0

May 17, 2017 AT 2:30 am

Dr. Chien-Shiung Wu #AsianPacificAmericanHeritageMonth

Adafruit asian pacific american heritage month blog

Today we celebrate Dr. Chien-Shiung Wu whose expertise in experimental physics earned her the recognition as the “First Lady of Physics”. After completing her PhD at U.C. Berkeley Dr. Wu taught at Princeton and Smith College and eventually went on to work on the Manhattan Project at Columbia where she remained for the rest of her career.

6920376363 845e28ec6e b

From Scientific American:

By this point in her career, Wu had earned a solid reputation as a highly skilled experimental physicist. With the war behind her, she needed a new problem to focus on. Wu chose wisely: Her investigations of beta decay — a mysterious type of radioactivity in which a large atomic nucleus emits energy and morphs into a new element — would help her reshape the world’s understanding of several fundamental atomic processes.

At the time, no one really understood how beta decay worked. Back in 1933, Enrico Fermi had devised what seemed like a viable theory for how an atom’s nucleus, composed of protons and neutrons, could shoot off an electron along with a neutrino and change into a completely different element in the process. But a number of physicists had tried to support Fermi’s theory with experimental data, and their results were muddled at best.

If there was one thing for which Chien-Shiung Wu was known, it was going the extra mile to design experiments in a way that unequivocally elucidated the mechanisms of a system. “She had a very, very strong sense that things had to be done right,” Wu’s former graduate student, Leon Lidofsky, told author Sharon McGrayne. “If it was done sloppily, it wasn’t worth doing because the results weren’t reliable.”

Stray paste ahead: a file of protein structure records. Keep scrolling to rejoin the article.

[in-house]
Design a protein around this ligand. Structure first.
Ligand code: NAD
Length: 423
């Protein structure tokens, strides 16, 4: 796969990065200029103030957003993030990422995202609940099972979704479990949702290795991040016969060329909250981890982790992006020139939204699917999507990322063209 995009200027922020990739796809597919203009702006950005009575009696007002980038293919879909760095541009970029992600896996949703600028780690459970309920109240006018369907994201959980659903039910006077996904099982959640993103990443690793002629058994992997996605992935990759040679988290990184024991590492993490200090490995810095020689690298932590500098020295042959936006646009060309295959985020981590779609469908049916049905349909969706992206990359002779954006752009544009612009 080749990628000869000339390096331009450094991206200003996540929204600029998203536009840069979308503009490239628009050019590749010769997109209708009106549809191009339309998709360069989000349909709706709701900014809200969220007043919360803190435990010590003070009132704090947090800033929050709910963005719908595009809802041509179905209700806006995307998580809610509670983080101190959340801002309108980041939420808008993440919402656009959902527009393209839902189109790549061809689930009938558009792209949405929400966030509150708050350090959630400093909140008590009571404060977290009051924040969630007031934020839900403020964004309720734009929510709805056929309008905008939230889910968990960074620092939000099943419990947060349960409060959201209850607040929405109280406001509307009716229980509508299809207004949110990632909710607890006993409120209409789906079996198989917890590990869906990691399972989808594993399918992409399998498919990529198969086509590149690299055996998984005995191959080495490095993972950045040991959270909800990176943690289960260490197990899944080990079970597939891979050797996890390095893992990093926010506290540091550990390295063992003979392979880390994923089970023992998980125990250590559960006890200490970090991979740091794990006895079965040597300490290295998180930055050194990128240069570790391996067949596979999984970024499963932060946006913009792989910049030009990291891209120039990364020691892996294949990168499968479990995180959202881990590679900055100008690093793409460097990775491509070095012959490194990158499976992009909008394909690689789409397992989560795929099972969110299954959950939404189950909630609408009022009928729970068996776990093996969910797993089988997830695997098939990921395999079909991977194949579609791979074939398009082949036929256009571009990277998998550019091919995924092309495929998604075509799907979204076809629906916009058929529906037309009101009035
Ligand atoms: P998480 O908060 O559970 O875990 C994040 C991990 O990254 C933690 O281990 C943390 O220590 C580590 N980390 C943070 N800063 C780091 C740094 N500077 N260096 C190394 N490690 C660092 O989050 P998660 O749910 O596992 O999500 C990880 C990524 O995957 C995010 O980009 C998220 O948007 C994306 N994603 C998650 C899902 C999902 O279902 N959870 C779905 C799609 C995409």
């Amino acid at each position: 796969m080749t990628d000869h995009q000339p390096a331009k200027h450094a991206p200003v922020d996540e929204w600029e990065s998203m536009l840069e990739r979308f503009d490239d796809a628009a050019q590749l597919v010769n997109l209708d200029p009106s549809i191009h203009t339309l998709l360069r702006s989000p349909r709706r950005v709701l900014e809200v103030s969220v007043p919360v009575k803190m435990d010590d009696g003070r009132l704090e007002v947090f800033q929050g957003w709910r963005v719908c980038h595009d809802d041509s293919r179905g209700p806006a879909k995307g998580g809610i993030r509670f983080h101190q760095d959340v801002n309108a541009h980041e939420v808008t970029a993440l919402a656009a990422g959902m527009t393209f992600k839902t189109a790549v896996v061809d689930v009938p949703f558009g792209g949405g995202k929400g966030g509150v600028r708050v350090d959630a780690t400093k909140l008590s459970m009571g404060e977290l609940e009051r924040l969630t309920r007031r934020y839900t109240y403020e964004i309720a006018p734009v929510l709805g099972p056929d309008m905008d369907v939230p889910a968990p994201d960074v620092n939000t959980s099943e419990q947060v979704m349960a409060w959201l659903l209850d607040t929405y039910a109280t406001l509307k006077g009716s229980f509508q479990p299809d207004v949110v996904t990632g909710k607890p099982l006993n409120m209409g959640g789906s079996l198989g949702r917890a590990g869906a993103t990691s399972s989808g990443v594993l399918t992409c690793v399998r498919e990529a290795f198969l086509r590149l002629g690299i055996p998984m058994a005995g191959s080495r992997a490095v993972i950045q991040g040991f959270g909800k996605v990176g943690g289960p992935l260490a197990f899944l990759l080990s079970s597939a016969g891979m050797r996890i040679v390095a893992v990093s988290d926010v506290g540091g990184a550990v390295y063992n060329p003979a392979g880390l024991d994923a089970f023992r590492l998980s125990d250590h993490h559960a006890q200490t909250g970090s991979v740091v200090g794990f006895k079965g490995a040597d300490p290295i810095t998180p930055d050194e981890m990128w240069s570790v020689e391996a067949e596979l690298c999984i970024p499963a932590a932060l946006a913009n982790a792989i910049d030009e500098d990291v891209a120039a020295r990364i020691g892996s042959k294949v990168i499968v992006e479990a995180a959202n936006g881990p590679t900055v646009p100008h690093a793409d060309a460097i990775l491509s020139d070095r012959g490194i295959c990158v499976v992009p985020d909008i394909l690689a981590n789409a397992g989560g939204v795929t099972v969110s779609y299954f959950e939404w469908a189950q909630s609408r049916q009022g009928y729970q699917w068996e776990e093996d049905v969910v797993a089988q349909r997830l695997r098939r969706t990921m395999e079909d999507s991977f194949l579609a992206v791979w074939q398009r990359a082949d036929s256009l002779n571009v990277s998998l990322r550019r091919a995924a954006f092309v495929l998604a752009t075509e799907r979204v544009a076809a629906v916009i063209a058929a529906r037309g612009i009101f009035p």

Wu was really a master engineer as much as she was a physicist. And, much like Star Trek’s Lieutenant Commander Montgomery “Scotty” Scott, she was considered a “miracle worker”. In the case of beta decay, by carefully deconstructing what other physicists had done in their experiments, she noted a critical fact: The radiation sources they had worked with were of different thicknesses. This turned out to be the key problem with previous tests of Fermi’s decade-old theory. As soon as Wu controlled for the source thickness, her and others’ results beautifully matched Fermi’s predictions, proving him right once and for all.

Read more from Scientific American, the National Women’s History Museum, Berkeley Nuclear Research Center, TIME and The New York Times.


Check out all the Circuit Playground Episodes! Our new kid’s show and subscribe!

Have an amazing project to share? Join the SHOW-AND-TELL every Wednesday night at 7:30pm ET on Google+ Hangouts.

Join us every Wednesday night at 8pm ET for Ask an Engineer!

Learn resistor values with Mho’s Resistance or get the best electronics calculator for engineers “Circuit Playground”Adafruit’s Apps!


Maker Business — Raspberry Pi and CoderDojo Join Forces

Wearables — Gold glow

Electronics — Linear Love

Biohacking — Read Faster Using JETZT or SPEEDREAD

Get the only spam-free daily newsletter about wearables, running a "maker business", electronic tips and more! Subscribe at AdafruitDaily.com !



No Comments

No comments yet.

Sorry, the comment form is closed at this time.